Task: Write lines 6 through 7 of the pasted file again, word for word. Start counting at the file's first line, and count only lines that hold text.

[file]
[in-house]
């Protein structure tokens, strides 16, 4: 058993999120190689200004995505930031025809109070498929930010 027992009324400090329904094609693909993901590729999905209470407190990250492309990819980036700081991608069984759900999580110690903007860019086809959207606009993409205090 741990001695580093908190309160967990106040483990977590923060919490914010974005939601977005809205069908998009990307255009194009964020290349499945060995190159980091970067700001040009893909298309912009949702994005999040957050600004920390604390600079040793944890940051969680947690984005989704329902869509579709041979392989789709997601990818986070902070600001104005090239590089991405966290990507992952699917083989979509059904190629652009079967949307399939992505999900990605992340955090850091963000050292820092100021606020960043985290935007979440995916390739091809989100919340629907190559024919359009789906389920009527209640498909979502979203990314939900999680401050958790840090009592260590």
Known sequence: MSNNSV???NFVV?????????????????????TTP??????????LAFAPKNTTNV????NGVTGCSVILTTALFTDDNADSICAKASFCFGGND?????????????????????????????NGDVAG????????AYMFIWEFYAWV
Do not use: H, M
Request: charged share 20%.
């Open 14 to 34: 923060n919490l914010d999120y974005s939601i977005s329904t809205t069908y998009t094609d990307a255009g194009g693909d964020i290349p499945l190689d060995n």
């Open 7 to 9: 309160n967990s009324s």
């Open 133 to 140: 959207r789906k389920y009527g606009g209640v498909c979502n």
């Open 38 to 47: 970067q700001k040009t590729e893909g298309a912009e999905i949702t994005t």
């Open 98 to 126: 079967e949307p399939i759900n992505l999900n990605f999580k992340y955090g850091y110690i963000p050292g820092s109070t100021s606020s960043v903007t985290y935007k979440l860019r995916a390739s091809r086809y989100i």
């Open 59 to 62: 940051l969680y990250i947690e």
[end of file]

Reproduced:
């Open 14 to 34: 923060n919490l914010d999120y974005s939601i977005s329904t809205t069908y998009t094609d990307a255009g194009g693909d964020i290349p499945l190689d060995n």
């Open 7 to 9: 309160n967990s009324s």